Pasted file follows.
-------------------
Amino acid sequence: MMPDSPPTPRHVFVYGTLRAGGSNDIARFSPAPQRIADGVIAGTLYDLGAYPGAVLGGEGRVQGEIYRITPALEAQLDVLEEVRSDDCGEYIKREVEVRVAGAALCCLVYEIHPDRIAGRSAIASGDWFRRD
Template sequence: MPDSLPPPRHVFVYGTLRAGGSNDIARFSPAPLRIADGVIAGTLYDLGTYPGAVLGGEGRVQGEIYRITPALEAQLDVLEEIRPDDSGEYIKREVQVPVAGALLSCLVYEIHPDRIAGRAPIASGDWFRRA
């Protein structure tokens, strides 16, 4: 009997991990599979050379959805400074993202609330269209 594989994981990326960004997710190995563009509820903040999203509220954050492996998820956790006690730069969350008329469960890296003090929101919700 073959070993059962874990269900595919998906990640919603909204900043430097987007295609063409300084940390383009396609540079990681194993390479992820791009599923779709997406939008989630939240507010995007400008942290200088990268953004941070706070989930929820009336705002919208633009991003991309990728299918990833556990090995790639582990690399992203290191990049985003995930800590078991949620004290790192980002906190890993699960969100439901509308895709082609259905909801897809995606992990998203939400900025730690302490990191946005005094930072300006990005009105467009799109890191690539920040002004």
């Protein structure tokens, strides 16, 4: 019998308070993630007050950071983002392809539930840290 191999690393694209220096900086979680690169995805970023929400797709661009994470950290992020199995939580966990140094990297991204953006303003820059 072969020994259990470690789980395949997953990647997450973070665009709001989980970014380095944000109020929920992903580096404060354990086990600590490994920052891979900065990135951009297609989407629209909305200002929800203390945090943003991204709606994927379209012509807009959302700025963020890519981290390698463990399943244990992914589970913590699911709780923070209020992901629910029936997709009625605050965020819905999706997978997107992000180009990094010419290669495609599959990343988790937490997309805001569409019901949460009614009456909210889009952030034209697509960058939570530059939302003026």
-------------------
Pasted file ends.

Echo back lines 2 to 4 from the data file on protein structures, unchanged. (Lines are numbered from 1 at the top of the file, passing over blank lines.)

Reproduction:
Template sequence: MPDSLPPPRHVFVYGTLRAGGSNDIARFSPAPLRIADGVIAGTLYDLGTYPGAVLGGEGRVQGEIYRITPALEAQLDVLEEIRPDDSGEYIKREVQVPVAGALLSCLVYEIHPDRIAGRAPIASGDWFRRA
């Protein structure tokens, strides 16, 4: 009997991990599979050379959805400074993202609330269209 594989994981990326960004997710190995563009509820903040999203509220954050492996998820956790006690730069969350008329469960890296003090929101919700 073959070993059962874990269900595919998906990640919603909204900043430097987007295609063409300084940390383009396609540079990681194993390479992820791009599923779709997406939008989630939240507010995007400008942290200088990268953004941070706070989930929820009336705002919208633009991003991309990728299918990833556990090995790639582990690399992203290191990049985003995930800590078991949620004290790192980002906190890993699960969100439901509308895709082609259905909801897809995606992990998203939400900025730690302490990191946005005094930072300006990005009105467009799109890191690539920040002004």
């Protein structure tokens, strides 16, 4: 019998308070993630007050950071983002392809539930840290 191999690393694209220096900086979680690169995805970023929400797709661009994470950290992020199995939580966990140094990297991204953006303003820059 072969020994259990470690789980395949997953990647997450973070665009709001989980970014380095944000109020929920992903580096404060354990086990600590490994920052891979900065990135951009297609989407629209909305200002929800203390945090943003991204709606994927379209012509807009959302700025963020890519981290390698463990399943244990992914589970913590699911709780923070209020992901629910029936997709009625605050965020819905999706997978997107992000180009990094010419290669495609599959990343988790937490997309805001569409019901949460009614009456909210889009952030034209697509960058939570530059939302003026």